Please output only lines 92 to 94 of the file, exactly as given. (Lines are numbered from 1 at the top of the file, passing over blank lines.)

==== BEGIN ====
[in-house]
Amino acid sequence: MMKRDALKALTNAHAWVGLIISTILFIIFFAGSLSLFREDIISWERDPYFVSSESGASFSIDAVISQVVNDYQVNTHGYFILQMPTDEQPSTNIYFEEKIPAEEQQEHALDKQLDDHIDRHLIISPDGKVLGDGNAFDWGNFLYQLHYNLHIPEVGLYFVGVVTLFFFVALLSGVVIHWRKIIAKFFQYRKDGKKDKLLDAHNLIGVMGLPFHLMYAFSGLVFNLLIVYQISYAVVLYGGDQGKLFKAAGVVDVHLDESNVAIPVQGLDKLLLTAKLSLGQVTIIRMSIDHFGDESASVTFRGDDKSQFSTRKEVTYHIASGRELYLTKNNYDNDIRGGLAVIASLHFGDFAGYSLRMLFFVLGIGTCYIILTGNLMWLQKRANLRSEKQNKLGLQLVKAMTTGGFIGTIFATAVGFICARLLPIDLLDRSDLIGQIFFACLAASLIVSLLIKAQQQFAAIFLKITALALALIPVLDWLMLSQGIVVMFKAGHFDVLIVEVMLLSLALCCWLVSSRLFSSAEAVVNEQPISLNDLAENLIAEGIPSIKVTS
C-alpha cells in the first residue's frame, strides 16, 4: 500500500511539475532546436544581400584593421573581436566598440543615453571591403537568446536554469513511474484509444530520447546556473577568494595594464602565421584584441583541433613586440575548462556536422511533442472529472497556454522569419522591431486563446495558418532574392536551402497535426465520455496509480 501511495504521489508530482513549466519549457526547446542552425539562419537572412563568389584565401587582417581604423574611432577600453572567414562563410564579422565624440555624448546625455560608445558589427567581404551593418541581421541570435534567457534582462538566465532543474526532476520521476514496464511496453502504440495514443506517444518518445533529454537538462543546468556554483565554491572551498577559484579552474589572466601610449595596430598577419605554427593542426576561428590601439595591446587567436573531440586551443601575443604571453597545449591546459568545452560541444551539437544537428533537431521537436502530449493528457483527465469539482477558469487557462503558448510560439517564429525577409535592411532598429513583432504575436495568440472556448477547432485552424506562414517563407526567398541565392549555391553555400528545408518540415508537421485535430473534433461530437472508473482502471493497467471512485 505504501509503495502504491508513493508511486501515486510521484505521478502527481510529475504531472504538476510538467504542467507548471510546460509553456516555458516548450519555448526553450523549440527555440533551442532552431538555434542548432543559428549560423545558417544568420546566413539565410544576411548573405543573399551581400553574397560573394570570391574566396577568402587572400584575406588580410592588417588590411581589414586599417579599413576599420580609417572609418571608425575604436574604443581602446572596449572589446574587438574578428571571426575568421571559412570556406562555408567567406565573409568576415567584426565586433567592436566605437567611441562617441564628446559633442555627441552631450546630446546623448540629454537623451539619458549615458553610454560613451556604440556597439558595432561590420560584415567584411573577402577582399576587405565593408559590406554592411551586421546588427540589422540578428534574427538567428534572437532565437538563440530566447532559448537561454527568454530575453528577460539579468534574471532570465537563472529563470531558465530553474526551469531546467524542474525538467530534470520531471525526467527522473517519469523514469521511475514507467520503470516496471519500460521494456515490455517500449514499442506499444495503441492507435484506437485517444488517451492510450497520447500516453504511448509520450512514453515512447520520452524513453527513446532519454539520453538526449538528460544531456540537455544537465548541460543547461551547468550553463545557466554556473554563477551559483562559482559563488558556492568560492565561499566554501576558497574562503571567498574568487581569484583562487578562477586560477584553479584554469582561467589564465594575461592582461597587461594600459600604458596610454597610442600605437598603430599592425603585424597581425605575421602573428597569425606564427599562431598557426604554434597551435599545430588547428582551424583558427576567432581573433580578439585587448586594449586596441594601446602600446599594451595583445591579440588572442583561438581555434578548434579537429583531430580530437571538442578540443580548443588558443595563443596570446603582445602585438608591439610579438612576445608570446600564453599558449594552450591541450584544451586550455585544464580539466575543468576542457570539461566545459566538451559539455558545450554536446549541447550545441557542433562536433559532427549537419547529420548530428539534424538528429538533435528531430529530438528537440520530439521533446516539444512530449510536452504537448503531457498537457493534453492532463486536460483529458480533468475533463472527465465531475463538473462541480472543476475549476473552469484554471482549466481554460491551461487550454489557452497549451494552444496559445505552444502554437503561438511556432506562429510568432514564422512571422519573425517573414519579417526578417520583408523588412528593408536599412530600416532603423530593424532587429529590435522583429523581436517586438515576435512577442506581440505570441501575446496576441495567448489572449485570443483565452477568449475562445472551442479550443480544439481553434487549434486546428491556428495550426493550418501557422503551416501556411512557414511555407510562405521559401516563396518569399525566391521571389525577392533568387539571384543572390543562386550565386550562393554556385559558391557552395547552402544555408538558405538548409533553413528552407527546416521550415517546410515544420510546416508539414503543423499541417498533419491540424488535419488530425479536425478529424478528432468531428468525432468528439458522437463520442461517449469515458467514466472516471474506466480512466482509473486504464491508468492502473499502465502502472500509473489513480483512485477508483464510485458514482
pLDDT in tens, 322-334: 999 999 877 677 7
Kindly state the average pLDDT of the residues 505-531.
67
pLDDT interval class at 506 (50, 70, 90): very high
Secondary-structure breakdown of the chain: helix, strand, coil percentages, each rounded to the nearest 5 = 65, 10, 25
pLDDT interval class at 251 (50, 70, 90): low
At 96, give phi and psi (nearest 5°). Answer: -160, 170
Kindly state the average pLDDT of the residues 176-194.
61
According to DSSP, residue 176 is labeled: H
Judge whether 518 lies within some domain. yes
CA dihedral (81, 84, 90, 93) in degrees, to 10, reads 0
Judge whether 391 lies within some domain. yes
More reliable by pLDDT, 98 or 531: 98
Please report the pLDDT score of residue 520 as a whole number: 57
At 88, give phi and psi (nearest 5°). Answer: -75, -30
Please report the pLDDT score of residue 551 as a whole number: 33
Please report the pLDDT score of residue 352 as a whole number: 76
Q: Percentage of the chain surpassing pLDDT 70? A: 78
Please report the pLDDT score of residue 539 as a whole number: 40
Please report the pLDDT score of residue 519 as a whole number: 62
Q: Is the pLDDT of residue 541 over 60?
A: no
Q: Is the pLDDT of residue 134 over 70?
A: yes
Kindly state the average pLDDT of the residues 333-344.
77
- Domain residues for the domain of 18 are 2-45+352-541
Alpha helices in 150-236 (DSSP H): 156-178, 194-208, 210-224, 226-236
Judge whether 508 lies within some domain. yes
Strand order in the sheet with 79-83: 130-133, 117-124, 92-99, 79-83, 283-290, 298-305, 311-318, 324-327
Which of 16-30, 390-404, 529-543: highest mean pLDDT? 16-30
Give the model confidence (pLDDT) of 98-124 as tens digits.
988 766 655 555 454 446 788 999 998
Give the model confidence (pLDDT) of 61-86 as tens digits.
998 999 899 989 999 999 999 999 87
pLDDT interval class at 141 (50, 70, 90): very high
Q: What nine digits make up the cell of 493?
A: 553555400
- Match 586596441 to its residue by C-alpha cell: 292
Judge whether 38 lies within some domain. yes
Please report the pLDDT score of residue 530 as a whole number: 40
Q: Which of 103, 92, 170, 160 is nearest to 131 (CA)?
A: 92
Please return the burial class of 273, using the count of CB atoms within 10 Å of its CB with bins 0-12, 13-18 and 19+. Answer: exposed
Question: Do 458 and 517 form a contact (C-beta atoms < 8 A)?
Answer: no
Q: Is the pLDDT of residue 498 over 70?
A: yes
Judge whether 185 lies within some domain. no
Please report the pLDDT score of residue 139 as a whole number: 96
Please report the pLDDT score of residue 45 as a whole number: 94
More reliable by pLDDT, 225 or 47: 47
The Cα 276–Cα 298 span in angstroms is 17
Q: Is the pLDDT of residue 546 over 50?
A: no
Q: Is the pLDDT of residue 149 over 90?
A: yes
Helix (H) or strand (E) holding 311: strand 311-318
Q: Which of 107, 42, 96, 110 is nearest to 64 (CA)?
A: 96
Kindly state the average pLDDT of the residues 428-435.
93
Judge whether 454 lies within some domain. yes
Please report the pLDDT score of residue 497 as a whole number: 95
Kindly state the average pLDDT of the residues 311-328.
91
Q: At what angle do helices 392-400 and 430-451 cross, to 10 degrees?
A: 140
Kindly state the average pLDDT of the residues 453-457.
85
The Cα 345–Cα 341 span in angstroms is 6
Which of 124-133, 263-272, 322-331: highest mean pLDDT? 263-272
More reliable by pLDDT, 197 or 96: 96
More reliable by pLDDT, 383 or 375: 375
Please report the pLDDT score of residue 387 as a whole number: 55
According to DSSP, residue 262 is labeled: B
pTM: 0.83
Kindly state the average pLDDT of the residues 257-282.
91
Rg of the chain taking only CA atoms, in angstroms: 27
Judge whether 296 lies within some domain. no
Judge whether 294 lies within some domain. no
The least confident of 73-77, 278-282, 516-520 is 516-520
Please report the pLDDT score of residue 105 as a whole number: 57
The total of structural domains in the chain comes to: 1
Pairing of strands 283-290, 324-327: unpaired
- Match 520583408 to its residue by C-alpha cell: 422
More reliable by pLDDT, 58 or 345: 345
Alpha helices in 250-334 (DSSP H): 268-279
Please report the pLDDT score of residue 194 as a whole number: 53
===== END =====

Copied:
More reliable by pLDDT, 58 or 345: 345
Alpha helices in 250-334 (DSSP H): 268-279
Please report the pLDDT score of residue 194 as a whole number: 53